Dr Liz Gordon: Dabbling in the mainstream media



In times gone past, I have been very involved in the mainstream media as advocate, Press columnist (I was sacked for being mean to Mayor Bob Parker!) op-ed author and occasionally newsmaker.  In recent times, I have tended to use this blog for all such purposes (I try not to be mean too often, though).

But last week I went running to MM, in the form of reporter Bevan Hurley, big time. He had published an article about a Whanganui kuia, Lorraine Smith.  After years of bringing up her children and her grandchildren, with a disabled son, significant depression and few resources, Lorraine ‘snapped’ and killed her granddaughter Kalis.

She was charged with murder.  Out of respect for Kalis, she said, she would plead guilty and take her sentence as the court gave it out.  To me, the moral question was whether a fair system of justice would imprison for life a woman who had given to others all her life, suffered from significant depression, never had any time for herself and was now filled with remorse over what she had done.

The matter was urgent as she is appearing in court for sentencing this coming Wednesday (Wellington High Court, if any of you are able to attend and support her).

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Normally, the only sentence for murder is life imprisonment.  It has become usual for the courts to order non-parole periods of anything from twelve years up, but in fact the minimum non-parole period is ten years. Lorraine is in relatively poor health and is 60 years of age.  Even if she gets the minimum, it may be a life sentence for her.

During the week we spoke to a lot of people, including her whānau. They were very supportive of us doing something, and also told us a lot of stories.  Lorraine had pleaded for help from so many agencies, and got very little. She had reached out, and got no response.

There was the possibility of her changing her plea to not guilty and getting a trial.  At trial, her life of caring for whanau, her attempts to get help, her obvious depression and other factors would have been provided as evidence in mitigation. There have been cases where caregivers, driven beyond reason, have been found guilty of the lesser charge of manslaughter and served far less time in prison.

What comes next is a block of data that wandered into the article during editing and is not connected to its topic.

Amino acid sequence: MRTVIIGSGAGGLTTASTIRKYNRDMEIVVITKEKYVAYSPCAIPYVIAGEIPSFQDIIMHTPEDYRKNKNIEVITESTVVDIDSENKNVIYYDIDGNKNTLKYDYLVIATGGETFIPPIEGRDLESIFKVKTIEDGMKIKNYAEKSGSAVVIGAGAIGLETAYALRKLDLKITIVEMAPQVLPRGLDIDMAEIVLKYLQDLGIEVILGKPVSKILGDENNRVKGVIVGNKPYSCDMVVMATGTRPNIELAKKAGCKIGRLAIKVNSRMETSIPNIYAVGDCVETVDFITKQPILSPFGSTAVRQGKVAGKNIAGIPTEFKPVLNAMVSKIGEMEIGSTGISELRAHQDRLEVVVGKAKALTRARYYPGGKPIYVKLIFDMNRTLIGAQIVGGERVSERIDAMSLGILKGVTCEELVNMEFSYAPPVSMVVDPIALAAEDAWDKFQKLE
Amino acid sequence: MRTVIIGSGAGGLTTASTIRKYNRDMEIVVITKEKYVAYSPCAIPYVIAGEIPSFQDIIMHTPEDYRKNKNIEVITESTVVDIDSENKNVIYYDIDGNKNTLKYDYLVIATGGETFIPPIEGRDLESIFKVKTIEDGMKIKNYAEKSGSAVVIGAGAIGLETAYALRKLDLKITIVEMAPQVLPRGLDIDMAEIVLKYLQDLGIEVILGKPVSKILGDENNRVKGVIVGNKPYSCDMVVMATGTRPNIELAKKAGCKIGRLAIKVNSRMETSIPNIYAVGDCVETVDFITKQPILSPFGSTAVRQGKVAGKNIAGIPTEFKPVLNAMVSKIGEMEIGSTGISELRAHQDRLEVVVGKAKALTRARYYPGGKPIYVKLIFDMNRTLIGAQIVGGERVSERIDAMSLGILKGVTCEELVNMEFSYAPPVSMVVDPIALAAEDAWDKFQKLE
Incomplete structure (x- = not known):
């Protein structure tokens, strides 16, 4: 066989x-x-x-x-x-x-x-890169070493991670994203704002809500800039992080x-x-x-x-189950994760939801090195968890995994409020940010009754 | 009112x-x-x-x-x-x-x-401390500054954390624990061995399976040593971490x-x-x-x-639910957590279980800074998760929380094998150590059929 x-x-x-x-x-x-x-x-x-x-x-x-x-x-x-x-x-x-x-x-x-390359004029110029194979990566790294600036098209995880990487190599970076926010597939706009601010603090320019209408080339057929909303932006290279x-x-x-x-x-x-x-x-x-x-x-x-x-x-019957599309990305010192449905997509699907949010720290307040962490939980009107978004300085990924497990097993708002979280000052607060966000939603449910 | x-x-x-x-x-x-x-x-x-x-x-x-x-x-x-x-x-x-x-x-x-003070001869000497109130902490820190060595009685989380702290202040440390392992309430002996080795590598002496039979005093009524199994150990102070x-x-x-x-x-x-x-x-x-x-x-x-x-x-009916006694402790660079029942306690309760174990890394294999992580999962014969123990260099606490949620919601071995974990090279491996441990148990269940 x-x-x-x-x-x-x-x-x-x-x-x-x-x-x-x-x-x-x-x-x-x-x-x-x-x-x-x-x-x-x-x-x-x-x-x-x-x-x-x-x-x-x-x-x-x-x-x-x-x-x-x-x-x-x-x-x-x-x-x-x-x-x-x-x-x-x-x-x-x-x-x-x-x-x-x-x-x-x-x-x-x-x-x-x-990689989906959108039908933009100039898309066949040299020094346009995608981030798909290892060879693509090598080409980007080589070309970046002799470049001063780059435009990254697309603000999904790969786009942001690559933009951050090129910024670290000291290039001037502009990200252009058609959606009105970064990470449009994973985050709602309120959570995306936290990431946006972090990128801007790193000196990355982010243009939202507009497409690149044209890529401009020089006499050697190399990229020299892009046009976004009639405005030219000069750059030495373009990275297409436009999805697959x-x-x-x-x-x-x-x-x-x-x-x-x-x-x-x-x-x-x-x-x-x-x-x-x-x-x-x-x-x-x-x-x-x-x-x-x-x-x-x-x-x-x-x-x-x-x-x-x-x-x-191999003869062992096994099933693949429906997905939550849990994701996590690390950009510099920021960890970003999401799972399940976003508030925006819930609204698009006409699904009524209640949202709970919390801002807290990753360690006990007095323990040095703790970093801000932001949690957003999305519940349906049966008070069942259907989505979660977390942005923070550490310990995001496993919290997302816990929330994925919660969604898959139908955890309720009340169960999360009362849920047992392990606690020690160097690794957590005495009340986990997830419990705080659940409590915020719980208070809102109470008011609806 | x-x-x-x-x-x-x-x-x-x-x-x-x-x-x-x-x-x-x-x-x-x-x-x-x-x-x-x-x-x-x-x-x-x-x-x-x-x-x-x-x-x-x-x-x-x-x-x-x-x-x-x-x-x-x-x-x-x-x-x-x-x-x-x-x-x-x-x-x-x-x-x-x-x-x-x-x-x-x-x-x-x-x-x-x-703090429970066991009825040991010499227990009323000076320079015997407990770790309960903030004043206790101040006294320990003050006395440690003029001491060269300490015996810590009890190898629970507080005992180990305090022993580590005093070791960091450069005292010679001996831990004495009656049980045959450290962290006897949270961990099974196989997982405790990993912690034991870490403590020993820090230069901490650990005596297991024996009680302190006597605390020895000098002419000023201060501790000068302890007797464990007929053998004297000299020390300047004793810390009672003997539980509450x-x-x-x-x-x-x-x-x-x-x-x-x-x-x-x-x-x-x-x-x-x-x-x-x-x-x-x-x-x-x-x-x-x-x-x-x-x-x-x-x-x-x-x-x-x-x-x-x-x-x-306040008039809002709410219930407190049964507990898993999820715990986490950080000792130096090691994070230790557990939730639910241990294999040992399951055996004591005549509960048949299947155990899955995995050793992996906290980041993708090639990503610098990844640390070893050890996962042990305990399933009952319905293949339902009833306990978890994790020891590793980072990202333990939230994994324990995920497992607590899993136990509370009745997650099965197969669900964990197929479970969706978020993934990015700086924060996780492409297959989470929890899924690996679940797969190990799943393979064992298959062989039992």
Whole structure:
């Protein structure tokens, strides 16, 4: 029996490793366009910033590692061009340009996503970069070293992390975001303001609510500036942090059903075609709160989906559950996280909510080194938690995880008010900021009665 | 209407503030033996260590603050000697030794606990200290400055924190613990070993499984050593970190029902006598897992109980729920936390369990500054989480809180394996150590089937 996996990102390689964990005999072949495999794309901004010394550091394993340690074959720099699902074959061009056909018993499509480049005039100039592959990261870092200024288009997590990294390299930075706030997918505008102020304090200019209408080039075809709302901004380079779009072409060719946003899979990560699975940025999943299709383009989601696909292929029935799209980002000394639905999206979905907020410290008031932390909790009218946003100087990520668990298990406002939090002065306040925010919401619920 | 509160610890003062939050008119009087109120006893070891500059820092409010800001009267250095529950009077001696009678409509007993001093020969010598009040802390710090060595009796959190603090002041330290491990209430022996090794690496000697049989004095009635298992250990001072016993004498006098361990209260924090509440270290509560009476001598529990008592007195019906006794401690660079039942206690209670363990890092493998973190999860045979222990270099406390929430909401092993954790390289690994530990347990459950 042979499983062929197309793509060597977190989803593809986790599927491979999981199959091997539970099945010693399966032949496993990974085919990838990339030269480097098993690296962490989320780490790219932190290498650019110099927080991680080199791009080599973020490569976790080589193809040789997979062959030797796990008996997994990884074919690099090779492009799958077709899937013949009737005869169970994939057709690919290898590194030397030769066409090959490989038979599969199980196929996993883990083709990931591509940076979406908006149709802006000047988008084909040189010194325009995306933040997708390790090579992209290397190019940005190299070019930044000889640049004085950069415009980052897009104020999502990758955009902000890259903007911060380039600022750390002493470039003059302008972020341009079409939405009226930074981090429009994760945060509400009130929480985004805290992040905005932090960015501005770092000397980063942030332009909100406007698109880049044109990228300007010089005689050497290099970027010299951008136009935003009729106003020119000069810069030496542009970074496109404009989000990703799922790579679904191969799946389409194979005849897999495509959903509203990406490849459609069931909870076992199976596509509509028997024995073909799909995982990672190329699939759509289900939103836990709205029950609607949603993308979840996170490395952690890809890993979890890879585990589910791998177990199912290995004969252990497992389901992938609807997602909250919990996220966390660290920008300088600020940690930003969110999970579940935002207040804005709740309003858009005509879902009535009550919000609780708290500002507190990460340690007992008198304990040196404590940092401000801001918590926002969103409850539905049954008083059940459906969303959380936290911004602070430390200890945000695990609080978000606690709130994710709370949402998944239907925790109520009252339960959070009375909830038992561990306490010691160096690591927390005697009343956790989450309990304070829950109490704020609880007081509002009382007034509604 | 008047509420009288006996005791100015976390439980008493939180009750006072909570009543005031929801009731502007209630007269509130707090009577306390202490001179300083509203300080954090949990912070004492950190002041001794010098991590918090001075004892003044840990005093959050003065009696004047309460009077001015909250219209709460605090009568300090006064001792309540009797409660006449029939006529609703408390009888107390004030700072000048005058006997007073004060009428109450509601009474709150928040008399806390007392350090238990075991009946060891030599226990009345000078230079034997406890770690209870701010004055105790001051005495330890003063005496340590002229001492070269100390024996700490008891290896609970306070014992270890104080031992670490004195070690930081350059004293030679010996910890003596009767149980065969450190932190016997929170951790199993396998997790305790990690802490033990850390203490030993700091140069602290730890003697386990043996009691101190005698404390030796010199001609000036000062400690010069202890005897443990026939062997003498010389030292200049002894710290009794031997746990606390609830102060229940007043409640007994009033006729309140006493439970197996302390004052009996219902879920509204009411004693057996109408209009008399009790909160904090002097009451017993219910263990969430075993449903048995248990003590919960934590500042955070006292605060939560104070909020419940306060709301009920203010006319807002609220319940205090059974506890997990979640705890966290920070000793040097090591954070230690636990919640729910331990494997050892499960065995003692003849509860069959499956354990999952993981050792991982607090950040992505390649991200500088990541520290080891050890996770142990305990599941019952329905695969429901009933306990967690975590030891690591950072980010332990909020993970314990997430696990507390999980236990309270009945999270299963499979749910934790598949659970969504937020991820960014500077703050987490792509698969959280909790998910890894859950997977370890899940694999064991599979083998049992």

I tried to see her. It has been a tumultuous week for me anyway, with the memorial for my dearest friend of 40 years, who died recently of a terrible dementia.  In the midst of it all, I begged Lorraine by whatever means I had (through whānau, via eprisoner) to see me. I was in Wellington all day Friday and free to meet in the afternoon.  But no meant no.

I do respect her decision to stick with the guilty plea, and understand it to a certain extent. But a long sentence for her will not heal the harm in her whanau.  And there was certainly no reason why she should see a bossy, nosey pākeha woman. But her whānau want her back in their lives, and 10 years at Arohata will cause more misery for them.

So I, a colleague from Pillars (effects of imprisonment on families), Kate Bundle from Grandparents Raising Grandchildren Trust (how hard it can be to raise grandchildren) and others importuned Bevan Hurley to write a follow-up.  He did a beautiful and respectful job. Well done, Bevan! The article is here.

I will be halfway to the UK by the time Lorraine is sentenced.  I can only hope that, in sentencing, the things we raised in the article are taken into account.  It is very strange to advocate for someone who doesn’t want advocacy. Perhaps my dear departed best friend might have advised me not to intervene on the grounds one should only give help where it is asked for (she might not have, too).

There is plenty of injustice in the world and, in my view, plenty of people in prison who should not be there for one reason or another (and I think prisons are outdated and ineffective, anyway). To me, though, this case was special.  I felt compelled to try to help, as if a personal burden to act had been placed on me. I have now done what I can, with the help of others.